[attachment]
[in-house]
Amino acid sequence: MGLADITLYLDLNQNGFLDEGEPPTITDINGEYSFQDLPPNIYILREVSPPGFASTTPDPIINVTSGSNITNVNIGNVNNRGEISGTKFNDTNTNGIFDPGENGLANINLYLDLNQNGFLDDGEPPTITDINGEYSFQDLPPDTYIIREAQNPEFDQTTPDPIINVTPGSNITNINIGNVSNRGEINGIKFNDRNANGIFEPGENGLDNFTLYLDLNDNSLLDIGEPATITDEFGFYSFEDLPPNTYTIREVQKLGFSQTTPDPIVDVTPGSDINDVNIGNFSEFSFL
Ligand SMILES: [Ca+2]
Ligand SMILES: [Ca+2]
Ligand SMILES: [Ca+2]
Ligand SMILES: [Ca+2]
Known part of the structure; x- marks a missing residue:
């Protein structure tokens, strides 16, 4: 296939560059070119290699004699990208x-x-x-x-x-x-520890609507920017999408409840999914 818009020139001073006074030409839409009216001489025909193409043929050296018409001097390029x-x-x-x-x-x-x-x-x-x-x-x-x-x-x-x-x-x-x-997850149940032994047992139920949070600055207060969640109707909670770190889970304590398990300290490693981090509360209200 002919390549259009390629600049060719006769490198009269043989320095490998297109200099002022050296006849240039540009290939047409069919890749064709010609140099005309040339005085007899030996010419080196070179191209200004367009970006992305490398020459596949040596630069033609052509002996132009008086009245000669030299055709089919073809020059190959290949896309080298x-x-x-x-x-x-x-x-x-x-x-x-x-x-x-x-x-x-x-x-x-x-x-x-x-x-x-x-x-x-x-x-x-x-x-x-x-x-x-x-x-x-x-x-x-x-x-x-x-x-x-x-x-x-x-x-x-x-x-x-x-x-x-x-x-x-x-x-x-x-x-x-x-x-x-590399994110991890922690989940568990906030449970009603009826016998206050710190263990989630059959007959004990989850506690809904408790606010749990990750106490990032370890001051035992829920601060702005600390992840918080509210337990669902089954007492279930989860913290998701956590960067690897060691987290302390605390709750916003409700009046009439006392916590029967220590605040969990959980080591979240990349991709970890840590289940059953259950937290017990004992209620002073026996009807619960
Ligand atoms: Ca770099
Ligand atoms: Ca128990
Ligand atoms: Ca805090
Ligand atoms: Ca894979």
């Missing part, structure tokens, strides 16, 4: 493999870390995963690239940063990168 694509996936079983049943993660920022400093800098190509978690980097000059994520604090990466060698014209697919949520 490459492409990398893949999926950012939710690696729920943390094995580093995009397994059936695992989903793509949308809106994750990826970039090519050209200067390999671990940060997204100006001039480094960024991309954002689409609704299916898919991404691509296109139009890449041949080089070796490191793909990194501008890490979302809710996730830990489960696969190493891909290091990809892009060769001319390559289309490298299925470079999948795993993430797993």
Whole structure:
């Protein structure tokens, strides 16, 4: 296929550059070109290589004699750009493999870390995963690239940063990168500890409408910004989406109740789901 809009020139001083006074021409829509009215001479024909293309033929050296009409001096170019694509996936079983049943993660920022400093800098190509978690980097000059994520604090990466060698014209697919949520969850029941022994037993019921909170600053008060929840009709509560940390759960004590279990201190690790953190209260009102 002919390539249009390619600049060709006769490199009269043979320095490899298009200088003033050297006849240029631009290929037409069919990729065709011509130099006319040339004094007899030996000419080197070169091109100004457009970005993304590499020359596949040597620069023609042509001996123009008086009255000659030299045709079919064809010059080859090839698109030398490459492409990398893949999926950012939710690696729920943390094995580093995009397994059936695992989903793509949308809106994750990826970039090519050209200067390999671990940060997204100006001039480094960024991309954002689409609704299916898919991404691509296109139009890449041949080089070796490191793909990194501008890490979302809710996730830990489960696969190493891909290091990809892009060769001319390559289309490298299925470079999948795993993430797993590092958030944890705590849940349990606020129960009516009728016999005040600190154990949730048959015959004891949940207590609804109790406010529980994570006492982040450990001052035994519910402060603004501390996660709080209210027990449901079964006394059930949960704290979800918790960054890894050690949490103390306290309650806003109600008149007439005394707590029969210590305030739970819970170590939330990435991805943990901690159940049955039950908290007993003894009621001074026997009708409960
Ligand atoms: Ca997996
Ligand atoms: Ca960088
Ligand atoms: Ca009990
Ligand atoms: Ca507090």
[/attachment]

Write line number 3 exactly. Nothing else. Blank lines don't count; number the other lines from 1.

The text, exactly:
Ligand SMILES: [Ca+2]